No matter its purpose or mission, Smokeball is able to help Chlece and her team at CAL provide legal services and preventative information all around the Chicago area.  “I like the automation. That’s my biggest thing.  I think it makes writing documents significantly easier and faster,” she outlined, referring to Smokeball’s unmatched document automation due to its seamless integration with Microsoft Word.  In the legal non-profit world, “it doesn’t help us to spend 50 hours on a document when it should only take 30 minutes.”  Smokeball has also helped CAL with the intricacies of scheduling and the vast sea of emails on various files: “I like scheduling. I like having a very detailed schedule, so I like that aspect of it. I like being able to attach documents and automatically email them to the client. And it saves every single email! I don’t know how many times I’ve found it helpful to go into a client’s file and see all the emails I’ve sent in the past, there, saved, ready to go.”

And Chlece should know.  Besides being an extremely busy lawyer and clinical instructor at Loyola University, she holds a Master’s in Computer Science.  Technology competence is important for CAL and for all smaller firms especially today, but there’s often a learning curve with some of the non-profit’s clients.  “It’s, you know, part of the process of helping the community more. So, we have set up a number of email accounts and done stuff like that. It’s good,” she described about how tech competence trickles through to the entire community including clients.

Smokeball is thrilled to continue to support non-profits providing legal services to communities in need.  We congratulate Chlece for her great work through CAL, and thank her for outlining her team’s mission and how Smokeball helps her and the organization each day.

By |February 14th, 2019|

About the Author:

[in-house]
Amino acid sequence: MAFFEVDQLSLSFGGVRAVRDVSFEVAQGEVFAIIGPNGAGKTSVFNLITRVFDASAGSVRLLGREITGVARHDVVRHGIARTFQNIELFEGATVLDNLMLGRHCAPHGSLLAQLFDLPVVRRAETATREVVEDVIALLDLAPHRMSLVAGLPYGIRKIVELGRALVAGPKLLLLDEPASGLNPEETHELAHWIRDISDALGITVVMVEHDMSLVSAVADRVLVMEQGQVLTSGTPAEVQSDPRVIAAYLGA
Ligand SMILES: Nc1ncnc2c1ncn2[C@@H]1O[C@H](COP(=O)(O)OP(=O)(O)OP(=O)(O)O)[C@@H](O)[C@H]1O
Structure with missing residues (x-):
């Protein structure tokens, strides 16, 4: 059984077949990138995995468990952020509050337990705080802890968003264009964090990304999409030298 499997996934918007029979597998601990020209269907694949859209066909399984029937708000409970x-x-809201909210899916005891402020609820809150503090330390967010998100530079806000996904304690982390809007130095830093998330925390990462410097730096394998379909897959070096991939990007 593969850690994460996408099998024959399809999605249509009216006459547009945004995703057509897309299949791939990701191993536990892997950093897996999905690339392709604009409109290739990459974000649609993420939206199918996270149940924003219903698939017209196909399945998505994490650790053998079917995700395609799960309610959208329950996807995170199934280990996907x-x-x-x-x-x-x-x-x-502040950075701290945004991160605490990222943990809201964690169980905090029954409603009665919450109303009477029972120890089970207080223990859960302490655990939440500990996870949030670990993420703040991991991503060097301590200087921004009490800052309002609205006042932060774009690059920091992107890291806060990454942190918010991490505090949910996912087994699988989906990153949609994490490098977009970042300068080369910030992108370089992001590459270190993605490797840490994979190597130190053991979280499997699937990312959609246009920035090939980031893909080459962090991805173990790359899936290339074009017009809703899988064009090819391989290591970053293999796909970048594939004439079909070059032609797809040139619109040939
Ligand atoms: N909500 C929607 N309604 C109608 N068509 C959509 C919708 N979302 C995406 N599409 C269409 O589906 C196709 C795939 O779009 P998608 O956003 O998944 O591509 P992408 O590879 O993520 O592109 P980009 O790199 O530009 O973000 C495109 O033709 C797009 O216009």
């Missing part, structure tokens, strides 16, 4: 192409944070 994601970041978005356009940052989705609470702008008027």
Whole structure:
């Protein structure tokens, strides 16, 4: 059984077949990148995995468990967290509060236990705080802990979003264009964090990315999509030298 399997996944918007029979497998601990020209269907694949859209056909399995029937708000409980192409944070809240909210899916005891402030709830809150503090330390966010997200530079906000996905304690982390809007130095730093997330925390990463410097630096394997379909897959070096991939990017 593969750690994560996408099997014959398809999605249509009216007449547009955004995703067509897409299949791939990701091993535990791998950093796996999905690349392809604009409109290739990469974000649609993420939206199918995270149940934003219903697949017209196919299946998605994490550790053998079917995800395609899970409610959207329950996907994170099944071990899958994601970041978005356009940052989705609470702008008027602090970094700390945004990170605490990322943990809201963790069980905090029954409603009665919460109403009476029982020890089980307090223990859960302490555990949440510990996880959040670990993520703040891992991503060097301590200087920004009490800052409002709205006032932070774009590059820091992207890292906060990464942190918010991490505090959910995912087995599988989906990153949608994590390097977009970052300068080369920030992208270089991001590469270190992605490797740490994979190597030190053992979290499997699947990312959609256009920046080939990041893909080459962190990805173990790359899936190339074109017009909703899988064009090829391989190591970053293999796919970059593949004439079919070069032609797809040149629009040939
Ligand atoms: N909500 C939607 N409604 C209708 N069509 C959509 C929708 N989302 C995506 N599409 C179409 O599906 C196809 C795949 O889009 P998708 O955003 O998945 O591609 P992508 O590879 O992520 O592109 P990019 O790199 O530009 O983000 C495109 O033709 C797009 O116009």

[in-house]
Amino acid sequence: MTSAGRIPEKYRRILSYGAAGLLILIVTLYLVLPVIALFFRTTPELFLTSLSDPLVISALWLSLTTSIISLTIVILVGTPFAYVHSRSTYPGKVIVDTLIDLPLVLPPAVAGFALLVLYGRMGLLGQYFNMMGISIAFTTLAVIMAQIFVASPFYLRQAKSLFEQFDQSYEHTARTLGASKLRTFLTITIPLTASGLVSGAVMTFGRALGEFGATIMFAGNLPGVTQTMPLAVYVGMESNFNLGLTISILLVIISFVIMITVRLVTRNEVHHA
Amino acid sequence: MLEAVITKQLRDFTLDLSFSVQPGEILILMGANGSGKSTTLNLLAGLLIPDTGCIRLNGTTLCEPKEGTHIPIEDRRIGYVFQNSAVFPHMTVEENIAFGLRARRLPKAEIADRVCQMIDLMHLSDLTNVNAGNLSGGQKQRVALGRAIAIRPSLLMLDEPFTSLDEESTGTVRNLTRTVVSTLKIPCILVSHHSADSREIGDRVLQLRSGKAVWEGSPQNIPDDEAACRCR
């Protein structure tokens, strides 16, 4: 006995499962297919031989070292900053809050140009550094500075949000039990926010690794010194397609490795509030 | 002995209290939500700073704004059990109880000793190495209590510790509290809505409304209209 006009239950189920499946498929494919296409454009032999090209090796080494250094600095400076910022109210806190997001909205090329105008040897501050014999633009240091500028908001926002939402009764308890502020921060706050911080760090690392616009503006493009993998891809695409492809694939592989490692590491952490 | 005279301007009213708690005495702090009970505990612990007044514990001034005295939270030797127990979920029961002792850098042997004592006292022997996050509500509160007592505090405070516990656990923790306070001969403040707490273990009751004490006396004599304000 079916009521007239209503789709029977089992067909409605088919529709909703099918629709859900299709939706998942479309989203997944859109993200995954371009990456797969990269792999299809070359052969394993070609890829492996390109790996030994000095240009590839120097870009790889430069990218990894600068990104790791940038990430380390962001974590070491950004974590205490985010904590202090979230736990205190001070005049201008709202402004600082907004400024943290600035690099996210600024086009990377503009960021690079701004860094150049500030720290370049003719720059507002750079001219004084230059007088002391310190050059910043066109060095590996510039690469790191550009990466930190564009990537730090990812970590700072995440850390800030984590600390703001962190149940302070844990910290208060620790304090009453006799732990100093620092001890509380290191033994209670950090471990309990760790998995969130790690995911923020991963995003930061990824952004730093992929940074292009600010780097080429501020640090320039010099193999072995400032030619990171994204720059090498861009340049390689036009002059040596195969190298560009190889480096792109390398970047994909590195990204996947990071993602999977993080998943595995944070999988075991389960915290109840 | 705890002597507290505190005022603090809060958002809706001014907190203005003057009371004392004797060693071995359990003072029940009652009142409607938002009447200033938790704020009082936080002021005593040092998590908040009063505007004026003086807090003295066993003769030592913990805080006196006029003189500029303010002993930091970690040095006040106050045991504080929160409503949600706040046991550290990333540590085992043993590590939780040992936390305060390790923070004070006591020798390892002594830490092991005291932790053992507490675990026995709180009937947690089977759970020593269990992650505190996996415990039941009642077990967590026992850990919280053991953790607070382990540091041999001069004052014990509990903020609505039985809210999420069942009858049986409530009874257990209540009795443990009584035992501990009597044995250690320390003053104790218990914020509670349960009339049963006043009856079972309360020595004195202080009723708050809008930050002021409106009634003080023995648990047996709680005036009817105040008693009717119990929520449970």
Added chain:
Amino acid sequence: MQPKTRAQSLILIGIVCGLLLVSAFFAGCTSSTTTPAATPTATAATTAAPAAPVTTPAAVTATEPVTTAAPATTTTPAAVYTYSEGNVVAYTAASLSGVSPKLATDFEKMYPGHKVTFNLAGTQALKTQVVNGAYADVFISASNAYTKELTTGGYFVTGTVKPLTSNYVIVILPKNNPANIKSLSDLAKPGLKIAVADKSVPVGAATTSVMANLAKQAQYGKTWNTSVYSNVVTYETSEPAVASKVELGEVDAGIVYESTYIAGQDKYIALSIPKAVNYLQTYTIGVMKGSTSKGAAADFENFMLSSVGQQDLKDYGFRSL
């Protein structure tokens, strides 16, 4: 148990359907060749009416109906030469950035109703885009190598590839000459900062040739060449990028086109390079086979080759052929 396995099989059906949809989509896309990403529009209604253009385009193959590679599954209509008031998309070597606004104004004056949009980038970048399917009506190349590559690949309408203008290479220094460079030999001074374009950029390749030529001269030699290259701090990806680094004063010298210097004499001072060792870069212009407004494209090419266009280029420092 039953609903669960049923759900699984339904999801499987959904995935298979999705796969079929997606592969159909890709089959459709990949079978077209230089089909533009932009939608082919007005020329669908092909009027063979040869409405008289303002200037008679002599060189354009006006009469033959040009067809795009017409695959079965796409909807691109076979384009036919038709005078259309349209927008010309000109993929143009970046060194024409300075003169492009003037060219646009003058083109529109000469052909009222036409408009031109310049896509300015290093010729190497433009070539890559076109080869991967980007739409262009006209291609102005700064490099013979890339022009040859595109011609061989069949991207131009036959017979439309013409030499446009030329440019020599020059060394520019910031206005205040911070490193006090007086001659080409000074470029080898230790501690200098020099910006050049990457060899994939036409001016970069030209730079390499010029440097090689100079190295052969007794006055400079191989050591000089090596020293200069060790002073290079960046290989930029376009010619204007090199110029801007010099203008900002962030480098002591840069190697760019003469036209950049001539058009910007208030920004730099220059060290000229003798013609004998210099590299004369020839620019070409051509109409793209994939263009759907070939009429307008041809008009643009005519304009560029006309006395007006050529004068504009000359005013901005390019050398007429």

For years, Josh has helped lawyers become more organized, productive, and profitable. A trained litigator, Josh came to Smokeball from a large east-coast law firm where his practice focused on franchise, insurance, marine, and general litigation. His work with Smokeball, and his continued passion for what he does each day, is driven by a desire to help lawyers and their staff do better in every way. Knowing well the stress and strain put on today’s legal professional, he regularly focuses on improving work and life in the law. He has traveled the country working with and learning from lawyers and their staff. Josh speaks regularly to bar associations about successful law firm practices and other legal topics. Recent notable engagements have been with the Chicago Bar Association, the Illinois State Bar Association, and the Missouri Bar’s Solo and Small Firm Conference. In addition to his work at Smokeball, Josh serves on the Writing Resource Center staff at The John Marshall Law School. Besides legal technology, his research interests include judicial decision-making, jury decision-making and psychology, and legal writing. He has written and overseen research exploring causal effects of sex/gender on federal appellate court decision-making, and assisted with research for a forthcoming textbook on judicial decision-making. Additionally, Josh sits on the Board of Directors of Chicago-based Community Activism Law Alliance and on the Board of Directors of Chicago Fringe Opera Company. Josh holds his J.D., cum laude, from Washington University in St. Louis, where he served as a Senior Editor of the Wash. U. Law Review, held the prestigious Thompson Coburn Research Fellowship, served as Research Assistant to then-Vice-Dean (now Chancellor) Andrew D. Martin, and clerked at the U.S. District Court for the Eastern District of Missouri. He holds a B.A. in Political Science and a B.M. in Music Performance with Honors Scholar distinction from the University of Connecticut, making him a Huskies basketball fan through and through. Follow Josh’s activity on LinkedIn, and keep up with new articles on the Smokeball Blog.